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April 16, 2014 | NPR · Scientists at the Smithsonian are set to unpack something rare that the National Museum of Natural History has never had before — a nearly complete skeleton of a Tyrannosaurus rex.
 
April 16, 2014 | NPR · In 2005, a group of anonymous donors in Kalamazoo launched a bold program. It pays for graduates of the city's public schools to attend any of Michigan's public universities or community colleges.
 
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April 16, 2014 | NPR · A flood protection authority is suing to try to hold the oil and gas industries responsible for Louisiana's land crisis. But policymakers are trying to stop the lawsuit, saying it's bad for business.
 
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April 16, 2014 | NPR · A year after the Boston Marathon bombing, Heather Abbott has adapted to life with her prostheses, including a blade for running and one that allows her to wear her favorite shoes.
 

Art & Life from NPR

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April 16, 2014 | NPR · The racism Gandhi encountered in South Africa helped spark a lifetime of activism. Historian Ramachandra Guha says without that experience, "he would never have become a political animal."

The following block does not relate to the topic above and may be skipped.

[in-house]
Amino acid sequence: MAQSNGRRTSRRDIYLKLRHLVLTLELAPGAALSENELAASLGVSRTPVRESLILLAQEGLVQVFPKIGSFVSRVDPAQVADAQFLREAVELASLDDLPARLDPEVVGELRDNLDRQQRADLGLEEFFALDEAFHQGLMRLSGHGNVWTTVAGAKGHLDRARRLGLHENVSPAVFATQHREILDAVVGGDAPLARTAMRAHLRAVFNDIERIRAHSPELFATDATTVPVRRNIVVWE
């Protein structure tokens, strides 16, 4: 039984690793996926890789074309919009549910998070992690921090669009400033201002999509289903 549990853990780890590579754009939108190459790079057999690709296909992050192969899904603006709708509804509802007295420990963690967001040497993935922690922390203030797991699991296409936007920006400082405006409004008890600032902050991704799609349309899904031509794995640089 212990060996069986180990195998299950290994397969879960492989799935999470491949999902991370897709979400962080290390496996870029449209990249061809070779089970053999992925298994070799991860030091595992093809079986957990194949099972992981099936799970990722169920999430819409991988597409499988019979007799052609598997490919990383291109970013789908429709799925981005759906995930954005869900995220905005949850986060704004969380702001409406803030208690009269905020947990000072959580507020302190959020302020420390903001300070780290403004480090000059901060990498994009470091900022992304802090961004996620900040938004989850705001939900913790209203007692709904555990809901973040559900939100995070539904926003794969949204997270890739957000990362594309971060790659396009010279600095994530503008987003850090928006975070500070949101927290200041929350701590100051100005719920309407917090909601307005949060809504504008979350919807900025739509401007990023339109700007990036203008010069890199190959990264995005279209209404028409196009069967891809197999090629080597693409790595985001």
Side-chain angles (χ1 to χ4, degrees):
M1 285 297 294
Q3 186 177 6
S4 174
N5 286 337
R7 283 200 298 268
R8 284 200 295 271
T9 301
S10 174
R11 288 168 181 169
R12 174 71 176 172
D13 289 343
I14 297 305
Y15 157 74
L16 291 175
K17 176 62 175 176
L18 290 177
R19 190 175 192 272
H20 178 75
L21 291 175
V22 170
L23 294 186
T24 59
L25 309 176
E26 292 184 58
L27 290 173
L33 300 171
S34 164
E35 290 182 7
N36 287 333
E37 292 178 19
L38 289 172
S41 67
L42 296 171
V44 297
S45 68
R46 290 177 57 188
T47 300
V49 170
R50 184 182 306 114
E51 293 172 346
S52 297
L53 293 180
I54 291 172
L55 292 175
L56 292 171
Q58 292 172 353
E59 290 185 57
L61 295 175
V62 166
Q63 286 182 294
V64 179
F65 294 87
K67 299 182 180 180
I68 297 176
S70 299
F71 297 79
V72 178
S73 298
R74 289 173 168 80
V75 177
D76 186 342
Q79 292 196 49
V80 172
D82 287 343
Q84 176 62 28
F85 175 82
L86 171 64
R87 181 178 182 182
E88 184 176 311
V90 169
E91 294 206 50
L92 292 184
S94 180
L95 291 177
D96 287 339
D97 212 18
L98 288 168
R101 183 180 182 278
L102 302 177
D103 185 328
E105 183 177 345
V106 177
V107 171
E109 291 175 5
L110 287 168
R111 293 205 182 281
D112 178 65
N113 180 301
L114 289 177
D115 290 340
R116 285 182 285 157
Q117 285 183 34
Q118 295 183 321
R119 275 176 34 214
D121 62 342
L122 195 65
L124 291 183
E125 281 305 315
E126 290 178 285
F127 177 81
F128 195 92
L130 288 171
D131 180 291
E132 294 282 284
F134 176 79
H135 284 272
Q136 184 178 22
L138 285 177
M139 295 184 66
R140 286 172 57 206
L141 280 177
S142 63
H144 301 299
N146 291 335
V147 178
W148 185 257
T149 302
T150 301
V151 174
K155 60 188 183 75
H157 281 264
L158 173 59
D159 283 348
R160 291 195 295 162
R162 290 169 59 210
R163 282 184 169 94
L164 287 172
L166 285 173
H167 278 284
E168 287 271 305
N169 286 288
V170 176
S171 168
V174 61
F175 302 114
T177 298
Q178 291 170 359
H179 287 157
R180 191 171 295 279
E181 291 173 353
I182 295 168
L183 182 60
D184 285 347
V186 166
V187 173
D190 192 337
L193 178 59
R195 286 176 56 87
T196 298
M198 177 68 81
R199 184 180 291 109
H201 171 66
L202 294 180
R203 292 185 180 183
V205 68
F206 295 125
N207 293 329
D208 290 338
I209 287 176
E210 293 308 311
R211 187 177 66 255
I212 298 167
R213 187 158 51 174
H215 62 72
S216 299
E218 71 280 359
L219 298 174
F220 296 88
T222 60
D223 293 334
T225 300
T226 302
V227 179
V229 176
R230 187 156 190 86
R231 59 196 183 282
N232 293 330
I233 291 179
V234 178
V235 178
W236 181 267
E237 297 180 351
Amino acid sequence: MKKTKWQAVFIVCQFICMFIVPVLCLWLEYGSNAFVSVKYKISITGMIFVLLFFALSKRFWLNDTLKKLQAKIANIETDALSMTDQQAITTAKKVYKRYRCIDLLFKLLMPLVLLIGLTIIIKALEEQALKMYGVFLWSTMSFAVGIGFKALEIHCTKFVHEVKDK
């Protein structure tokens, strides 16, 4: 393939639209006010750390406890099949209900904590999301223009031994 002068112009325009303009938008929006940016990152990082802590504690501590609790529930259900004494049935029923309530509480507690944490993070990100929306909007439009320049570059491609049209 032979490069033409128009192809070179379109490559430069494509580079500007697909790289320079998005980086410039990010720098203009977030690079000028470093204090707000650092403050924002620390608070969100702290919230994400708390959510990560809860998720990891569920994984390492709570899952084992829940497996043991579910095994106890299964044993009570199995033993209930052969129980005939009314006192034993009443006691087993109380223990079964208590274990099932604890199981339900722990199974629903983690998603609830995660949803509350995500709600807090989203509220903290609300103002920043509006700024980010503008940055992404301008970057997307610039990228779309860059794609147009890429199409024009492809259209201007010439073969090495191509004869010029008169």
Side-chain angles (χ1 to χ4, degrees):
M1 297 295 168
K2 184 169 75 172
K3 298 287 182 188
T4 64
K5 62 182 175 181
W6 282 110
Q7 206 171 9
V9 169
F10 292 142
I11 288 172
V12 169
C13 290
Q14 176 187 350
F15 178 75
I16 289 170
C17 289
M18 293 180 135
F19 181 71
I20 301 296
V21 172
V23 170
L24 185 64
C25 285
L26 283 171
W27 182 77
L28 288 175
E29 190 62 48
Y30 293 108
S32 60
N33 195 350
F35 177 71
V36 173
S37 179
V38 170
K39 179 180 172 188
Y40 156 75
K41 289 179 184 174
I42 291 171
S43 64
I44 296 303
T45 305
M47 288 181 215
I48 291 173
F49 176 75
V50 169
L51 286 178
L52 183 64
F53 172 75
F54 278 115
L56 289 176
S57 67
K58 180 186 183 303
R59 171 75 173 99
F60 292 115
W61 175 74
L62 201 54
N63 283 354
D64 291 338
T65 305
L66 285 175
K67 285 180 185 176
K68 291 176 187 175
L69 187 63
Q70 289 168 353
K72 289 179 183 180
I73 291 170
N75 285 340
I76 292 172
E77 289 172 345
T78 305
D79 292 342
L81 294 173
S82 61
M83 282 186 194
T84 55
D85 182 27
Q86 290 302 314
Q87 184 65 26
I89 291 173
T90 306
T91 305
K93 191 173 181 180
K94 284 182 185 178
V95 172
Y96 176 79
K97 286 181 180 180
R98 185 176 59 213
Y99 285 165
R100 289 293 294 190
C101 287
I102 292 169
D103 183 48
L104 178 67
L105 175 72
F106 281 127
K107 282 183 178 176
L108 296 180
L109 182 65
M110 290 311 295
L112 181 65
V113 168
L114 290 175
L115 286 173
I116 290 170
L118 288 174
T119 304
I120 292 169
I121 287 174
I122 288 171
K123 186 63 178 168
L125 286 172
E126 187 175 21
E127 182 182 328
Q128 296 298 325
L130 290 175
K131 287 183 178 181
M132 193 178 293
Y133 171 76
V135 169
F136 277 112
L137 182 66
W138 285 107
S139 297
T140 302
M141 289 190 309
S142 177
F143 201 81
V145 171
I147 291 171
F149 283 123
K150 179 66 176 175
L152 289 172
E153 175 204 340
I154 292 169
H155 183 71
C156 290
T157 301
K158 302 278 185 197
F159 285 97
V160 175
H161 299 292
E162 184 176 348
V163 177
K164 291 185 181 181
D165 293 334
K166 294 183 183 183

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April 16, 2014 | NPR · This cooking method — a strange mix of the precise and the forgiving — means never having to worry about rubbery, overcooked meats. But mind your eyebrows while you're holding the blowtorch.
 
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April 15, 2014 | NPR · For the past decade Pakistan has faced war, political instability and the rise of religious extremism. But those crises have fueled a new generation of Pakistani writers and artists.
 
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April 15, 2014 | NPR · Even 2,000 years ago, people seemed to know that the egg could be a source of life. And an ancient art form has been passed down, transforming a symbolic source of food into a dazzling decoration.
 
April 15, 2014 | NPR · The cable network premieres a new drama series tonight. It's called Fargo, and has the same title as the 1996 Coen Brothers movie. Critic David Bianculli says it's very definitely a wonderful show in that same wacky spirit – but it's just as important to note what this new Fargo is not. It's not a remake — and it's not a sequel.
 

February 10, 2011

Film Production as Economic Development

Movies like How the West Was Won starring Henry Fonda and Gregory Peck, the original True Grit with John Wayne, and Sleeper with Woody Allen and Diane Keaton have given places like Canon City, Denver, Durango, and Bent’s Old Fort near LaJunta visibility on the silver screen. But as other areas began offering large incentives, Colorado’s desirability seemed to fade into the background. KRCC’s Andrea Chalfin examines the current state of on-location shoots in Colorado, and how one county is looking to the film industry as part of its economic future.

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This piece aired as part of the February edition of Western Skies. See a slideshow and some video shot in Crowley County by clicking here.

Filed under: Andrea Chalfin,Arts & Culture,KRCC News — andrea @ 7:33 am

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